Stopping Sepsis in Its Tracks

Winter 2014

Fraley is unlocking clues to host-pathogen interactions.
Fraley is unlocking clues to host-pathogen interactions.

The threat of developing a fatal infection from a simple cut or minor wound is as antique as the Civil War and as contemporary as the 12-year-old New York boy who died last spring after nicking his arm and scraping his leg while diving for a loose basketball.

The preventable death of young Rory Staunton turned a spotlight on the bacterial blitzkrieg known as sepsis, inspired congressional hearings and new emergency room procedures, and reawakened echoes of an age when twice as many warriors were killed by unknown and unsuspected microbes than by bayonets or cannonballs.

Today, hundreds of thousands of Americans continue to be stricken every year by what Stephanie Fraley, PhD ’12, calls “the hidden public health disaster.”

“Sepsis kills more people in the United States every year than breast cancer, prostate cancer, and AIDS combined,” notes Fraley, a postdoctoral fellow at the Whiting School who earned her PhD in chemical and biomolecular engineering with Denis Wirtz, the Theophilius Haley Smoot Professor and director of Hopkins’Physical Sciences–Oncology Center and associate director of the Institute for NanoBioTechnology (INBT). (During her graduate years, Fraley was named as a Carl E. Heath Fellow, an ARCS Fellow, and a Siebel Scholar.)

Sepsis is an overwhelming immune response caused by infection of the blood. It can result in organ damage and, in the most severe cases, lead to septic shock and death. In the United States, sepsis occurs in 1 to 2 percent of hospitalizations.

“It is a really scary problem,” Fraley says, “and it’s very important that we not only come up with rapid ways to test for it, since every hour that a person is misdiagnosed increases their chances of dying, but also that we find more effective ways to treat it. Right now, we treat the infection by using antibiotics, but if the patient’s immune system has already gone off the rails reacting to the infection, there aren’t many options to get it back on track. And ultimately this is what kills people.”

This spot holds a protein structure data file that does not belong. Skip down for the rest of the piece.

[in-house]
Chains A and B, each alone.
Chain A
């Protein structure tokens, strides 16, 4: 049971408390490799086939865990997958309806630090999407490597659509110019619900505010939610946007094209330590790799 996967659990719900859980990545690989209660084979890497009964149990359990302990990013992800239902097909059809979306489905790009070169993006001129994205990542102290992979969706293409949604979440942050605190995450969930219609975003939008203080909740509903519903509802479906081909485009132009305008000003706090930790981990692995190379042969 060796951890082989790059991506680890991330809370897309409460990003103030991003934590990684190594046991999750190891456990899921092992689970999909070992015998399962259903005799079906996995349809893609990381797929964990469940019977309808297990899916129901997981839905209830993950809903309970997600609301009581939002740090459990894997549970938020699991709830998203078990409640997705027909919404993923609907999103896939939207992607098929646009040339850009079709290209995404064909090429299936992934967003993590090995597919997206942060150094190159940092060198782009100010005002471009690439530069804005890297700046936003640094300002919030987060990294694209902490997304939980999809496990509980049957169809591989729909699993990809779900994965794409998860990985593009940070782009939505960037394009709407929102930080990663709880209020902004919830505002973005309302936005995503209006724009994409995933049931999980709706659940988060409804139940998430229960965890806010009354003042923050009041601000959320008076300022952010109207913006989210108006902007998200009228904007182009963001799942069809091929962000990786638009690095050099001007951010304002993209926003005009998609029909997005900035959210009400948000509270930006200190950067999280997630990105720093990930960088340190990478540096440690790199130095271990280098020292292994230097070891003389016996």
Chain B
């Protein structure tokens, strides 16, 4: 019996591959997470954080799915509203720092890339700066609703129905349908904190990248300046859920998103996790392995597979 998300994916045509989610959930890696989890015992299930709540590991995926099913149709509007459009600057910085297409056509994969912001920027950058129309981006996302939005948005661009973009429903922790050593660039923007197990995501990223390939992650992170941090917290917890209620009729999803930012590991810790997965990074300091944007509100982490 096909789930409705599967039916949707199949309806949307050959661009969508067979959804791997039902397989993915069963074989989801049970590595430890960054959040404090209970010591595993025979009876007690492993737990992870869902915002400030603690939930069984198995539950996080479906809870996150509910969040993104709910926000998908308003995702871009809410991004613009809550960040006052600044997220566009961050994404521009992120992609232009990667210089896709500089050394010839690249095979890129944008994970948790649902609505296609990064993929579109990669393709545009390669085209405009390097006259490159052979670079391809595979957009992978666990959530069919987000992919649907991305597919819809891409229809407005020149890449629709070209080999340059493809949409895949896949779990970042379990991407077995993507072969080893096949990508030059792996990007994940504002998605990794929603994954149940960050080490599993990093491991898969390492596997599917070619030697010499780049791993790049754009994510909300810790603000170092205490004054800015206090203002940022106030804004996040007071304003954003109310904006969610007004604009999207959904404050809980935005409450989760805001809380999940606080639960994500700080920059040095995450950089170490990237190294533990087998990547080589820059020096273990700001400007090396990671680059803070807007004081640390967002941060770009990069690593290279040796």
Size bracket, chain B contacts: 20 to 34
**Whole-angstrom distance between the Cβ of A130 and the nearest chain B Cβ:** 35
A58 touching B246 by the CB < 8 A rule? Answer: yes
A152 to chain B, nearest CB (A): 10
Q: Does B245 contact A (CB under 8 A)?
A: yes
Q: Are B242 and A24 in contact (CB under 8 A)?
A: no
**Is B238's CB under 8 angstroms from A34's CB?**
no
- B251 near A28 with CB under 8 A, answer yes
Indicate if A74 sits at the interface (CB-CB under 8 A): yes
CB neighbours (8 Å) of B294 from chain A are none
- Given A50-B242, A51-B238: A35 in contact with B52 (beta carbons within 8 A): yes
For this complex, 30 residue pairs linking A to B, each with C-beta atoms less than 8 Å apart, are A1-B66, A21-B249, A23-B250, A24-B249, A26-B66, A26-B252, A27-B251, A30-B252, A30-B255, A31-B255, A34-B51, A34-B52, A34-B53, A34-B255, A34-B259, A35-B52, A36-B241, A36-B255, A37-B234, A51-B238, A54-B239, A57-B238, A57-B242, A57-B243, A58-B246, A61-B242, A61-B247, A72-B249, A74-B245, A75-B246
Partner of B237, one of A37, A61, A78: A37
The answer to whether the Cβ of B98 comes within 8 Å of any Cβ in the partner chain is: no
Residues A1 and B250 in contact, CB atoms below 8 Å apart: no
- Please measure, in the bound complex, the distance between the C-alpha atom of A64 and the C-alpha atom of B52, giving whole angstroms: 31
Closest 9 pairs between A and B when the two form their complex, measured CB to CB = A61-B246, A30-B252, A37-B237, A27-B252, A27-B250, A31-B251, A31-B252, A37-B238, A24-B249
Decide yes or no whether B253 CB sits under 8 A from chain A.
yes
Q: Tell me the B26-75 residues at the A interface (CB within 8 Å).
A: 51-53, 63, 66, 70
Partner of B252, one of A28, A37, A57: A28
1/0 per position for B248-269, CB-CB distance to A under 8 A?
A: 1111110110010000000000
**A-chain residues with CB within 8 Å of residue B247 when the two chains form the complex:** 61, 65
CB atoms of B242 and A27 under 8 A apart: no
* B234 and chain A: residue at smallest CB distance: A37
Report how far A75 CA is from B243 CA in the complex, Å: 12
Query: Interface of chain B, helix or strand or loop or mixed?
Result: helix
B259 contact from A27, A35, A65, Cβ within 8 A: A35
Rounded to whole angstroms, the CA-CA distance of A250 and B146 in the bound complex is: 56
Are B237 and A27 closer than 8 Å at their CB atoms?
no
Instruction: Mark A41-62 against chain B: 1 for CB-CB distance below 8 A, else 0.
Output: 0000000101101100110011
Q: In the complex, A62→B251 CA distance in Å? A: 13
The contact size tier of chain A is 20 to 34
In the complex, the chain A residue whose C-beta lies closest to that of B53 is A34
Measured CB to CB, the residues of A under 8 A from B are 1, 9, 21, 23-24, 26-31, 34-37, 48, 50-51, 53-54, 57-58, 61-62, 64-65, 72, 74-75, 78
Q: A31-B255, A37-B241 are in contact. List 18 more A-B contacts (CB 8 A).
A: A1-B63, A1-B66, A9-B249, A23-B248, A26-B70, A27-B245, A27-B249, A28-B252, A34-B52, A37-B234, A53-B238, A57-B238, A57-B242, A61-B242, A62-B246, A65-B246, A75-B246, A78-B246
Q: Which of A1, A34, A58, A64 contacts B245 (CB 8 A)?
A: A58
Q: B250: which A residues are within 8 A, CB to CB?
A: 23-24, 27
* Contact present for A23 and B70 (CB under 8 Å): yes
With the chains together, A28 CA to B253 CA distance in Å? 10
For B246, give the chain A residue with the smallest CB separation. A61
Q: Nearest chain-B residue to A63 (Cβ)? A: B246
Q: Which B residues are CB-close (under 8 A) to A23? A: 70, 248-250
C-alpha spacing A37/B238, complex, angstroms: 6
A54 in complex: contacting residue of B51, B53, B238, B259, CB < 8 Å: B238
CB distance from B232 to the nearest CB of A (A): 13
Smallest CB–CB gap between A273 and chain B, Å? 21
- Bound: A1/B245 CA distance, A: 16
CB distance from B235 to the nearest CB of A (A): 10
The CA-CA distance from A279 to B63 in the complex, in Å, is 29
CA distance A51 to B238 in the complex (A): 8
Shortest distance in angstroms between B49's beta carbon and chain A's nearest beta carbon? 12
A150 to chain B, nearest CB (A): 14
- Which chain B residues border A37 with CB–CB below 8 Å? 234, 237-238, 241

Fraley recently won a five-year $500,000 Burroughs-Wellcome Fund Career Award at the Scientific Interfaces for her work on the molecular basis of the human-bacterial interface where sepsis arises. The award supports young scientists as they move from postdoctoral work into full-time faculty positions.

To Fraley, each human body is more than a condominium of cells, proteins, acids, and plasmas—it is a far more complex and mutable multiverse that she collectively characterizes as “a context.”

“Essentially, we are all made up of the same parts, but they come together in very different ways,” she says. “Your context is almost a historical progression of the things that you have been exposed to in your life: the
infections you’ve had, the chemicals you’ve been exposed to, the food you’ve eaten.”

Fraley’s research is an effort to probe the human and bacterial small RNAomes for clues to what happens in that host-pathogen interaction. If successful, her work could hold tremendous promise for quick-response treatment and patient safety in emergency rooms, clinics, and hospital wards. It also holds potential for a better understanding of our individual microbial defenses and susceptibilities.

She is working with professors Samuel Yang, in Emergency Medicine at the Johns Hopkins School of Medicine, and Jeff Wang, in Biomedical Engineering. Both Yang and Wang are also affiliated with INBT.

Fraley grew up in the Tennessee city of Chattanooga, a fulcrum of the American Civil War, the last great conflict to be waged before the discovery of germ theory. In battles like the Union assault on Lookout Mountain above Fraley’s hometown, and in both sides’ fetid prison camps, thousands of soldiers perished from wounds and diseases that other men— Fraley would call them “other contexts”— blithely survived.

“Micro-RNAs may be the key to our individual contexts,”she says, and she is working to develop “technology that allows us to broadly profile all of them very sensitively at the single-molecule level as a tool to understand the differences in populations.”